What makes the Brompton folding mechanism so exceptional is the speed at which it folds out. Some fold-out bikes require a lot of faffing about to expand them. This can include adjustments that require you to reach into the frame. The Brompton unfolds in just a few clicks – and that’s not the best bit. 

When you unfold your Brompton, you can use its various fold phases to function as other items, including a kickstand and a shopping cart. Is there anything better for urban living?

Do Brompton Bikes Hold Their Value? 

Brompton bikes tend to hold their value exceptionally well. They’re iconic, well-made, and in high demand, so even on the second-hand market, you can expect to fetch a handsome price for your Brompton. 

Compared to other bicycles, age has minimal effect on their value. Brompton bikes have had a few changes over the years, including the internally-geared hub in 2009 and a combined handlebar, brake, and shifter improvement that came out in 2017.

Although changes like these can affect value slightly, the difference is minimal compared to other bicycles. The Brompton is easy to retrofit and upgrade, and many modifications can use standard, ‘non-Brompton’ parts. 

This makes them an attractive purchase for enthusiasts, but the modification element is a very small factor. The truth is, the value is in the name and their stellar reputation – enthusiasts and eagle-eyed purchasers are rarely deterred by age and condition with Bromptons, mainly because they’re so well-made.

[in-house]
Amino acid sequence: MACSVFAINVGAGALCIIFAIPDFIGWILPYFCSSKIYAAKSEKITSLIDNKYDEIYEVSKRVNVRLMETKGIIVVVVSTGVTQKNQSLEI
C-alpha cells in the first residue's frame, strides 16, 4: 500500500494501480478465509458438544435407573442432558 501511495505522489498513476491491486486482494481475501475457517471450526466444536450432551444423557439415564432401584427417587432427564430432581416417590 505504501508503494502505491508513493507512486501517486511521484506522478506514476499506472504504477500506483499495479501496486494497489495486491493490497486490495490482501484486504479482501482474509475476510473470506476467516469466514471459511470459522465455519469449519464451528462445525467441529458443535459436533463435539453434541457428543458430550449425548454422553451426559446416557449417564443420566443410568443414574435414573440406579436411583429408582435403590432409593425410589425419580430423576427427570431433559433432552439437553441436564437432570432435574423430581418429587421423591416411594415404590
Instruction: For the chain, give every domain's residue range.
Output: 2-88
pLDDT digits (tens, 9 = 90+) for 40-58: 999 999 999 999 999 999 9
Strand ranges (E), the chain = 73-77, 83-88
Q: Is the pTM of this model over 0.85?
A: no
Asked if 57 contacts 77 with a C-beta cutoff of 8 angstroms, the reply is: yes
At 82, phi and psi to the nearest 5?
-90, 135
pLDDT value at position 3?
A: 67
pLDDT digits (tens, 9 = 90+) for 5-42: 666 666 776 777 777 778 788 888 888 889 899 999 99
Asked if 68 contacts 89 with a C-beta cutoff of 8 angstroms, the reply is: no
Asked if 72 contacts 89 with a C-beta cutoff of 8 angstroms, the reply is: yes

They’re unlikely to wear down as quickly as other bicycles, and they require minimal maintenance. Even the oldest Brompton models can still function today with a little TLC. 

Why Are Brompton Bikes Sold Out? 

During the 2020 lockdown, the country’s love for cycling boomed. Unfortunately, some of the most popular bikes, like the Brompton, gained even more recognition, leading to a massive nationwide shortage, slamming the brakes on the country’s supply of bikes. 

Exceptionally high demand was also encouraged by a “supply chain nightmare”, with many bike factories closing down and raw material producers struggling to meet demand.

Brompton has been struggling to meet the sharp rise in the number of prospective buyers and has received more demand than they can keep up with. Social distancing measures also put a strain on Brompton warehouses and other manufacturing spaces, which saw a decline in production rates when paired with staff illnesses. 

The Brompton is an iconic statement of urban living. Popularity may have ebbed and flowed over the years, but the Brompton has proved it can still roll with the times, and with demand for these classic rides still soaring, we doubt they’re going away anytime soon. 

Despite a steep price tag, each Brompton guarantees an exceptional level of craftsmanship and durability – perfect for commuters everywhere. If you’re a busy, multimodal rider, the Brompton is still an ideal ride for you! 

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Bethany Morris

Bethany Morris

Bethany is a freelance content writer and avid outdoor adventurer from West Sussex, England. She travels everywhere on two wheels and writes about anything from government policy to marketing and sports. You can see more of Bethany's work here